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Lesson on IP addresses for Bill

Mar 14, 2006 01:35 PM
by krsanna

Bill - Here's something that'll keep you busy for a while.  It 
includes some information on how IP addresses can be faked with 
proxies, and that sort of thing.  This may be right up your alley.


In computer networking, an IP address (internet protocol address) is 
a unique number that devices use in order to identify and 
communicate with each other on a network utilizing the Internet 
Protocol standard. (Sometimes this is shortened to just "IP" as 
in "My IP is A.B.C.D".) Any participating device  including 
routers, computers, time-servers, printers, internet fax machines, 
and some telephones  must have its own globally unique communicable 

IP is a network layer protocol in the internet protocol suite and is 
an upper layer protocol that also provides globally unique addresses 
(e.g., MAC address for ethernet) but two of these addresses will not 
necessarily be able to communicate to each other. IP adds a service 
on top of these data link layer protocols  through the use of an IP 
address  that provides the ability to uniquely identify with and 
communicate with any other device on the network.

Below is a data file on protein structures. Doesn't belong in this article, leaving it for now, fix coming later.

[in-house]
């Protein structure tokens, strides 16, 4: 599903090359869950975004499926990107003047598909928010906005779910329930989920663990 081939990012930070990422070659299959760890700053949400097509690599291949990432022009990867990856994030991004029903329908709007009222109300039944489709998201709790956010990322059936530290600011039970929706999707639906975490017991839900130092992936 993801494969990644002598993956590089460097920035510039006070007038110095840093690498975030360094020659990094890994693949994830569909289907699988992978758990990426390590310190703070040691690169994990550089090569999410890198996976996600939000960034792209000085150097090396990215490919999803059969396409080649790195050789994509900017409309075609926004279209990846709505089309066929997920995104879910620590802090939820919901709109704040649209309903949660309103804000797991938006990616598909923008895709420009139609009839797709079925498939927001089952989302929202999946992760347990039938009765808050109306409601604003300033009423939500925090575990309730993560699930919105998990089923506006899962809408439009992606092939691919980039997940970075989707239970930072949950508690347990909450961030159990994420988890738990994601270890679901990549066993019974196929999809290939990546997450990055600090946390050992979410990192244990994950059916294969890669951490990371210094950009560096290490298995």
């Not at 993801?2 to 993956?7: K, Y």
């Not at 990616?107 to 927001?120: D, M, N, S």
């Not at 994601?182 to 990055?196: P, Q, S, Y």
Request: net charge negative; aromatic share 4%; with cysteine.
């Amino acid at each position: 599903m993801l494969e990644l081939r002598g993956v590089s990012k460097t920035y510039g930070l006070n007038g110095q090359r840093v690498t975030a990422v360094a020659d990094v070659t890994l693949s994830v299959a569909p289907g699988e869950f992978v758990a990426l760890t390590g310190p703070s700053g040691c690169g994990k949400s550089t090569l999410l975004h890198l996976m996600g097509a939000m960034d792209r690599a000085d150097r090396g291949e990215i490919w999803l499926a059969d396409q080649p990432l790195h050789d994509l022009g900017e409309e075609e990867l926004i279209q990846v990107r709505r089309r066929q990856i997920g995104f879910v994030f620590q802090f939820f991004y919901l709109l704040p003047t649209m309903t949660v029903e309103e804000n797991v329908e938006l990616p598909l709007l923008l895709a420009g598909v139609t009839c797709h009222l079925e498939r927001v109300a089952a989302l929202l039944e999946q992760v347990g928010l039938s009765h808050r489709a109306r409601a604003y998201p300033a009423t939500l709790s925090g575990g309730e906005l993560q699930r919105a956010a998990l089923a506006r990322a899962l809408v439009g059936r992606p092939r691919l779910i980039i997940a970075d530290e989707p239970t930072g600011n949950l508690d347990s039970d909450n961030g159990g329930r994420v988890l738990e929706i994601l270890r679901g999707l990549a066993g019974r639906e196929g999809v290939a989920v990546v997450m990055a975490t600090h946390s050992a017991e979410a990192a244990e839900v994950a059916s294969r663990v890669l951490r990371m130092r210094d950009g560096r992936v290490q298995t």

In other words, an IP address is like a full address for postal mail 
while a MAC address is just the house number. For example, there are 
many addresses with a house number of 123 but there is only one 
address for 123 Main Street, Anytown, California, United States. 
Simply mailing something to "123" will not get it there but "123 
Main Street, Anytown, California, United States" is a globally 
unique address.

The unique nature of IP addresses makes it possible in many 
situations to track which computer  and by extension, which person 
 has sent a message or engaged in some other activity on the 
Internet. This information has been used by law enforcement 
authorities to identify criminal suspects; however, dynamically-
assigned IP addresses can make this difficult.

Since IP addresses are not easy to remember, the Domain Name System 
provides the ability to map domain names (e.g. to 
an IP address (

Contents [hide]
1 Dynamic vs. static IP addresses 
2 IP version 4 
3 IP version 5 
4 IP version 6 
4.1 Addressing 
5 See also 
6 External links 

Dynamic vs. static IP addresses
There are two methods to assigning IP addresses to computers: 
dynamic and static.

Static IP addresses are used primarily for servers so that they 
don't appear to "move" while non-servers are usually assigned 
dynamic IP addresses. Most dynamic IP address users are users of 
internet service providers (ISPs) since not all the users of an ISP 
are online at one time and the ISPs can "get away" with not having 
enough IP addresses for each user.

In order to use a dynamic IP address, a service such as Dynamic Host 
Configuration Protocol (DHCP) is used to assign addresses 
dynamically to devices as they request them. If a static address is 
used, it must be manually programmed into parameters of the device's 
network interface. (It is also possible to "fake" static IP address 
assignments through DHCP by assigning the same IP address to a 
computer  and no other  each time it is requested.)

IP version 4
Main article: IPv4#Addressing 
IPv4 uses 32-bit (4 byte) addresses which limits the address space